boothbay was different. i had no real expectations, it was just a regular weekend trip. however upon entering this little village tucked around a small bay, if felt quintessentially maine. lobster boats by the dock and seafood restaurants on the shore. to add to the experience it was a weekend of their "harbor fest" so everyone was in goods spirits. in the short time we were there the locals made us feel incredibly welcome. somehow in the middle of all this friendliness i was entered into an oyster chucking contest. a contest that brought more humor to those watching me than anything else. expectations were exceeded, the first impression was picturesque and the whole weekend was filled with memories and even a few souvenirs. i was gifted an oyster chucking knife and glove for my effort.
for a few days, i felt a part of a small community. for a guy who grew up in a town of 2,000 it really did feel like a home...away from home...away from home.
the other weekend i saw creativity combined in two places foreign to me; fishing and fashion. i attended the aptly named "fishing' for fashion" event during the boothbay harbor festival. an event requiring designers to use items and materials usually found on boats to create dresses. among the materials used to create gowns were netting, woven nautical maps and even sea glass! as an architect who enjoys using local context and materials for inspiration, i found this event incredibly fascinating. i enjoyed seeing the imagination of the designers to find materials normally used for one specific purpose and envision them in a completely different way. a quality i not only enjoy in architecture but any creative field.
perfectly placed, this months #architalks found bob borson of "life of an architect" giving us the theme of "back to school" to write about.
as a kid, every year about this time, i only had one thing on my mind.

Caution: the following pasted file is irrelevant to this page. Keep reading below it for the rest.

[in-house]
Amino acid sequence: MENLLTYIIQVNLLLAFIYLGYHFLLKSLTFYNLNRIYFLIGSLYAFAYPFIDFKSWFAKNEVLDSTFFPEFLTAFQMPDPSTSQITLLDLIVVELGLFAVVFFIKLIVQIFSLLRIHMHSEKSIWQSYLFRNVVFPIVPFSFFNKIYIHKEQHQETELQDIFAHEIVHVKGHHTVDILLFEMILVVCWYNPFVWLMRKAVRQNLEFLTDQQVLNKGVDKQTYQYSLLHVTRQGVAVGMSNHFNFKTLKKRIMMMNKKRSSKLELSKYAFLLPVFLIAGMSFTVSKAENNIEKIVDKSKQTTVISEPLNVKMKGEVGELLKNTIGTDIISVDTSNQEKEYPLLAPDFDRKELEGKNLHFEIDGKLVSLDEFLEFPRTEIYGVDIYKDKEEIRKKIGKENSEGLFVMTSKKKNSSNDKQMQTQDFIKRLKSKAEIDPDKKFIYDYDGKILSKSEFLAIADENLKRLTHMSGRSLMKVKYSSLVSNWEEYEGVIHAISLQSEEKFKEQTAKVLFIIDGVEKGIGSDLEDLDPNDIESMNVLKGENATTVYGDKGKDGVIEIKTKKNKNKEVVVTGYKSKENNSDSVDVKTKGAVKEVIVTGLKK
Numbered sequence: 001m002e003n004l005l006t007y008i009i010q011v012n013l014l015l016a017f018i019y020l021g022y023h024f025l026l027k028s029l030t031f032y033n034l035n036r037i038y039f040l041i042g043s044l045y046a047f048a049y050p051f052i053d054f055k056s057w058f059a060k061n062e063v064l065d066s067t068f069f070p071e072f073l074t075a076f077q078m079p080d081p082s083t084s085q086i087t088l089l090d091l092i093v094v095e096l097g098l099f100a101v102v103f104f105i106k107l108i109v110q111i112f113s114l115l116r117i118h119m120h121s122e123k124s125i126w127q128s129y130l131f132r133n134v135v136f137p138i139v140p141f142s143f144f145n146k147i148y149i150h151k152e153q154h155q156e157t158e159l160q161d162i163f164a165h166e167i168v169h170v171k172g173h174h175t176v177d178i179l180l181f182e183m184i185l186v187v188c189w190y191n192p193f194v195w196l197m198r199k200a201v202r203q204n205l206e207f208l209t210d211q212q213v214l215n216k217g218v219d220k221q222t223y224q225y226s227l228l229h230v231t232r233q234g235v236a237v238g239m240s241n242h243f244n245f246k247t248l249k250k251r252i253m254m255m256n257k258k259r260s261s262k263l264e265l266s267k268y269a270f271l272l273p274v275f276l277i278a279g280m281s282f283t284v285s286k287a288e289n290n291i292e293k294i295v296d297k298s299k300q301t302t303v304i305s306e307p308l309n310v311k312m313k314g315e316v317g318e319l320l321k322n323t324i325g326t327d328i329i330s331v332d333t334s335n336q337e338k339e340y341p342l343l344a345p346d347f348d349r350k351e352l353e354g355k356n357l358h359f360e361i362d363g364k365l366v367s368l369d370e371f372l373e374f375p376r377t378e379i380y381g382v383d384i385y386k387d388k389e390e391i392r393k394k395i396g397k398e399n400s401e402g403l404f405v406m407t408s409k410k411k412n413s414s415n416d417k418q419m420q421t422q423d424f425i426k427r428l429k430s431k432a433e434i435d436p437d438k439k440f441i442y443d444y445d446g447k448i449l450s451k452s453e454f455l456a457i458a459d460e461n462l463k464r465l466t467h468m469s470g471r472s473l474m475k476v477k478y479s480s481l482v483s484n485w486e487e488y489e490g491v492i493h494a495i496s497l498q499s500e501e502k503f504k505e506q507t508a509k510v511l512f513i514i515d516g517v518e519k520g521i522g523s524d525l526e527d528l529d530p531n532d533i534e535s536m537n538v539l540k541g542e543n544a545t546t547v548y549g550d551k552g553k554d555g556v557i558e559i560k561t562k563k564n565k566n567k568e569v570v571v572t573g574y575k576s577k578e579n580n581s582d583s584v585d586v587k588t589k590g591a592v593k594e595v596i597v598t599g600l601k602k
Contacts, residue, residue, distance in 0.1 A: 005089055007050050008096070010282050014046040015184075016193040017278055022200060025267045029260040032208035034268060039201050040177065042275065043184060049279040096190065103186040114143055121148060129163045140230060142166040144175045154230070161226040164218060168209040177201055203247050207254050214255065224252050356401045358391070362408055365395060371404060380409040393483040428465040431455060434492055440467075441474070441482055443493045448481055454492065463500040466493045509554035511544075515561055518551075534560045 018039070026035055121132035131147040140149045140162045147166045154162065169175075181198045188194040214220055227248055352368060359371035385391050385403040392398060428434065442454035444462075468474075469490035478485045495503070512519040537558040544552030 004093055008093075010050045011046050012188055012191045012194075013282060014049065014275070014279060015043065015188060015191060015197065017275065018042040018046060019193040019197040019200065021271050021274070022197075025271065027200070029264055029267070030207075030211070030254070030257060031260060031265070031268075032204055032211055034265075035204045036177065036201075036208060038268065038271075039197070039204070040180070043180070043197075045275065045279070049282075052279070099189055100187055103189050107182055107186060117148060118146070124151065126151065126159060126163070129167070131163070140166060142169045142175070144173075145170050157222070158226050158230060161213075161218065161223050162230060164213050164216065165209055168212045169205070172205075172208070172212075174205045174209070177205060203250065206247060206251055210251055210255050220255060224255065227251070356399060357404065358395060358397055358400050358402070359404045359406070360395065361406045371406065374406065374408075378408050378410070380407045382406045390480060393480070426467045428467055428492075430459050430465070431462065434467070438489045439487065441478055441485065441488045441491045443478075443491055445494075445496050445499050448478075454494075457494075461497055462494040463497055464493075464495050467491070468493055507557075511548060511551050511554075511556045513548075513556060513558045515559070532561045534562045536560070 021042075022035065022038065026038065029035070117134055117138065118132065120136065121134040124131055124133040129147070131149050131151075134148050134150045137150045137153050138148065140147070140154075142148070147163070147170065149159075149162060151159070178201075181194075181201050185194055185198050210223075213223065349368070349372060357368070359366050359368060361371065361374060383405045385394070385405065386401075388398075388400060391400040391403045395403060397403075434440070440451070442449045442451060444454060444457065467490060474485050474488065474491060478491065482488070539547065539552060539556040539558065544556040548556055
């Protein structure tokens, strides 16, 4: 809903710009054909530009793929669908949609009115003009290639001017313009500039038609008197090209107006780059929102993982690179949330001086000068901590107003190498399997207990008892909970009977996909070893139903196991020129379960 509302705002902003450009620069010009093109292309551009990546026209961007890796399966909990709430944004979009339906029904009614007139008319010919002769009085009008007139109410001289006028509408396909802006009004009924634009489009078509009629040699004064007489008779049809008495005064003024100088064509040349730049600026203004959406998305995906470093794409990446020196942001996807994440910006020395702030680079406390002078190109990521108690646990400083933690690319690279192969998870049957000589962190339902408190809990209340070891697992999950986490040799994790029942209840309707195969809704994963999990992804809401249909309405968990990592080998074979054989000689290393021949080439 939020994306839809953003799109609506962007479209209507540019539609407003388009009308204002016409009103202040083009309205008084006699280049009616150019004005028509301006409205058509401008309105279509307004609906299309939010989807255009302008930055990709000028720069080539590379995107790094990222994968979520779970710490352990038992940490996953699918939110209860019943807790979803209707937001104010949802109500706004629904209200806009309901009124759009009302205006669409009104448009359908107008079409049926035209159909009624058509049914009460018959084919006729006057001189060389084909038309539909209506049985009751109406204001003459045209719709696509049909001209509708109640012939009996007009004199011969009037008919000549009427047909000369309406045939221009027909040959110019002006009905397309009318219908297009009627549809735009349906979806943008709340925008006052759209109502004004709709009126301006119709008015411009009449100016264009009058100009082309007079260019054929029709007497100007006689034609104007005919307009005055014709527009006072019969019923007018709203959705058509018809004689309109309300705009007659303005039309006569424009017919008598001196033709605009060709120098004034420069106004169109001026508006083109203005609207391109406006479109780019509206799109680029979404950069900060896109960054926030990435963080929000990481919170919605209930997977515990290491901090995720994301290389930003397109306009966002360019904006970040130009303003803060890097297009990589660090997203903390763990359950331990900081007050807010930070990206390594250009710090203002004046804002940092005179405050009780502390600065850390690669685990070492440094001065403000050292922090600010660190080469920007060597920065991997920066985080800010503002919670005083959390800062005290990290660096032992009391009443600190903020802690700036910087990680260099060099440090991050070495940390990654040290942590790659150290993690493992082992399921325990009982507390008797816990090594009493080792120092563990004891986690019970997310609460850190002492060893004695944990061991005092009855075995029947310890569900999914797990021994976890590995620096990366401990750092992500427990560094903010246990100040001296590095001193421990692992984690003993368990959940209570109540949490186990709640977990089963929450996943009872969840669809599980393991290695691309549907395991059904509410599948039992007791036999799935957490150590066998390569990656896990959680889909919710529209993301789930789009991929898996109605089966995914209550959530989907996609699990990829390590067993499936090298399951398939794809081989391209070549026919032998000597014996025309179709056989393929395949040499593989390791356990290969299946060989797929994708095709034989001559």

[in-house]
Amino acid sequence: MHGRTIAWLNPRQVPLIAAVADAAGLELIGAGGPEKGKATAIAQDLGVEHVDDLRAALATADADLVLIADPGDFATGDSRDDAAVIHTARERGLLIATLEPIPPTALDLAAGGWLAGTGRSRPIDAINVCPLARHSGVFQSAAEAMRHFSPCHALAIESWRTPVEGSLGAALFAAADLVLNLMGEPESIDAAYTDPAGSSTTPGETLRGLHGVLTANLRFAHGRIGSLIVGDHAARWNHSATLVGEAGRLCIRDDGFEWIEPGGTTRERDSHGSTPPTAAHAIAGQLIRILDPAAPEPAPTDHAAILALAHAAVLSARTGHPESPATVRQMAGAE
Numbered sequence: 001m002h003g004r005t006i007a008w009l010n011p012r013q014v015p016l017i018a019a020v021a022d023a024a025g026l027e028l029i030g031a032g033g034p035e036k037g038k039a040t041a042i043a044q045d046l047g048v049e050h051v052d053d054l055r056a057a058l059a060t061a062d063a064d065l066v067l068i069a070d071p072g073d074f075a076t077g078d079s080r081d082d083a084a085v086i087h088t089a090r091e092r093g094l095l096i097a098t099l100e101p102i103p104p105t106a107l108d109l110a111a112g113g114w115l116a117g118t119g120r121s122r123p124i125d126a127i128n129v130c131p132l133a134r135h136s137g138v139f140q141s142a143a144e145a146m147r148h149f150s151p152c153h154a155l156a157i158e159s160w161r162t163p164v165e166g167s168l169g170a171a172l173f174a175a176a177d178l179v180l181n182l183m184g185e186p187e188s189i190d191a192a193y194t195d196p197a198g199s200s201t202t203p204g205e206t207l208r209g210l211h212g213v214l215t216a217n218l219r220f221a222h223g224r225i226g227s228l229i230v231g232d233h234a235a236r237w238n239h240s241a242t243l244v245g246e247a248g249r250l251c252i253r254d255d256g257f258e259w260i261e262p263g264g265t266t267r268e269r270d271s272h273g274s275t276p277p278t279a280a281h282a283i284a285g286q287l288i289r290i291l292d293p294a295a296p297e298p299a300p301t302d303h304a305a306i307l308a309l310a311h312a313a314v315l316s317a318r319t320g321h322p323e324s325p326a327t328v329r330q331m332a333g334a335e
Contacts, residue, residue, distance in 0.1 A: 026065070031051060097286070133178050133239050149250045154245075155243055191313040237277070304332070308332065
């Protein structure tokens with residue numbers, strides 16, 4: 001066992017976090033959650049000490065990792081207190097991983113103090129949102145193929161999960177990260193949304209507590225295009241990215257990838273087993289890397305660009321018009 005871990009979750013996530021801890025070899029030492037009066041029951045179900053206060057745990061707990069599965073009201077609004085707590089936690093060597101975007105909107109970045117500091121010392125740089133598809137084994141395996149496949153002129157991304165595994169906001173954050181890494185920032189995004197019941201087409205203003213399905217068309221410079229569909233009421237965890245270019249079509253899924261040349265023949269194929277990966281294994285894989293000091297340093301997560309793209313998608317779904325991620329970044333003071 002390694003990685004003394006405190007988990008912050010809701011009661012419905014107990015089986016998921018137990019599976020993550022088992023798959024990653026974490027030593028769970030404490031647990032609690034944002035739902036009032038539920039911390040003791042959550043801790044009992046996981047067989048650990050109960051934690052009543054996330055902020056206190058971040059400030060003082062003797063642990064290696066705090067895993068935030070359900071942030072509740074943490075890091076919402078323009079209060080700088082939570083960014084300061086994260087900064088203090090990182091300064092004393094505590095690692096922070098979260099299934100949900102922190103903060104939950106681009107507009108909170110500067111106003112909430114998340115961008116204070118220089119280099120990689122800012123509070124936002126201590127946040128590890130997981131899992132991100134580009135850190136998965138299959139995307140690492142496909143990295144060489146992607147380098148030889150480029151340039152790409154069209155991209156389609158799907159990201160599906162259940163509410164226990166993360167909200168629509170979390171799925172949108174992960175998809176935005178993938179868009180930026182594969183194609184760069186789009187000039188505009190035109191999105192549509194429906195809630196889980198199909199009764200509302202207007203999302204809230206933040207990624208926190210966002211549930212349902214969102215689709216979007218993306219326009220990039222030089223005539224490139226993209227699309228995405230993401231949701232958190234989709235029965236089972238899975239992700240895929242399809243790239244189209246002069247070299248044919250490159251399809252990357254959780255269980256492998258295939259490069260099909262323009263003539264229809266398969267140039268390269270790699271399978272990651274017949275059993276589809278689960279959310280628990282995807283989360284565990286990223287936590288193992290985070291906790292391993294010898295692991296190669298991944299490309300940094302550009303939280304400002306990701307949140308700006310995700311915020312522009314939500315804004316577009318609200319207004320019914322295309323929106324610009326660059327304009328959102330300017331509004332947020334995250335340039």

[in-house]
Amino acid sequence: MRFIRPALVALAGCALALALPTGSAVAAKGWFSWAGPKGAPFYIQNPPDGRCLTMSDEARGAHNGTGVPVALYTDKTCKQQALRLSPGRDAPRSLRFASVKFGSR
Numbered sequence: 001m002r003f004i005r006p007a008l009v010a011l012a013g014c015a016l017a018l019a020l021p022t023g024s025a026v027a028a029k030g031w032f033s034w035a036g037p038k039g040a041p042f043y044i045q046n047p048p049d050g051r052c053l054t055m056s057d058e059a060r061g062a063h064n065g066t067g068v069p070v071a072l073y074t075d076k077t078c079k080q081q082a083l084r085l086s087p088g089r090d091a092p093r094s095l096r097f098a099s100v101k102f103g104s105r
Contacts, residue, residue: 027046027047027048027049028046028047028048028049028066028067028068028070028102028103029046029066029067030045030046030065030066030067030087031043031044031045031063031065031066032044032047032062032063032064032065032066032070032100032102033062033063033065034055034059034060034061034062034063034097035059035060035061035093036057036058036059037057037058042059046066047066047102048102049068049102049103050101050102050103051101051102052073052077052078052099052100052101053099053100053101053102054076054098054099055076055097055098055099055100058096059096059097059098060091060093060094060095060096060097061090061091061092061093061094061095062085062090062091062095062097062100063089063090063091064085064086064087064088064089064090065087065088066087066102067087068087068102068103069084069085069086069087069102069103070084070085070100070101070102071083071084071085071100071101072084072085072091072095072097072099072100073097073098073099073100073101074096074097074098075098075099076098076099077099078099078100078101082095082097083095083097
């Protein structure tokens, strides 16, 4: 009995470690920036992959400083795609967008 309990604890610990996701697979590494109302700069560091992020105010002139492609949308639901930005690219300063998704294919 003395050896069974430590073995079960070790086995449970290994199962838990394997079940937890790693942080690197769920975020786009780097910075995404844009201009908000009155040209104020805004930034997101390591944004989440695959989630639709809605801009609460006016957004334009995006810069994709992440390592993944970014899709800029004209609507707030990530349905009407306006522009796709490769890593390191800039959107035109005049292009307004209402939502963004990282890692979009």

"what was i going to learn in school this year?"
would it be cursive? multiplication? algebra? every new year had it's own new challenges, you knew you'd have to encounter. these thoughts continued all the way into architecture school as well. you were very aware of what years you'd be taking structures, architectural history and professional practice.
then you graduate, and suddenly the subjects you learn about are no longer broken down neatly by subject or years, but rather learned on a need to know basis as you work in a firm. given enough time, you can become fairly knowledgeable if you stay in the same spot and location. however sometimes things change. some people go back to school to further their education, some people go back to school to study something else completely, some people start their own firm, some people change firms and some people decide to move to a different part of the country. i did the later. i moved from kansas to maine last spring and at times it has felt like i was going [back to school].
the course list for this new [england] education includes:
-literature -government -history -geometry -shop -home economics -foreign language
a book i've become very familiar with this year is the "nfpa 101 - life safety code." portland maine requires code reviews on projects using both the ibc and nfpa. over the past few years i had become familiar with the ibc, but this nfpa book was totally new to me. looking through it the first time it might as well been written in greek. it was organized differently, the verbiage was strange, it defined building uses differently and a few of the allowances were slightly different than what i was use to in the ibc.
also i find myself using the ibc more in depth than before. in the mid-west the majority of my projects were on large parcels of land with substancial distances of separation. currently the majority of the projects i'm working on are in more urban settings. very rarely did i have to look at the separation distance of my building to determine the percentage of openings i'm allowed or if any of them need to be protected. now i do.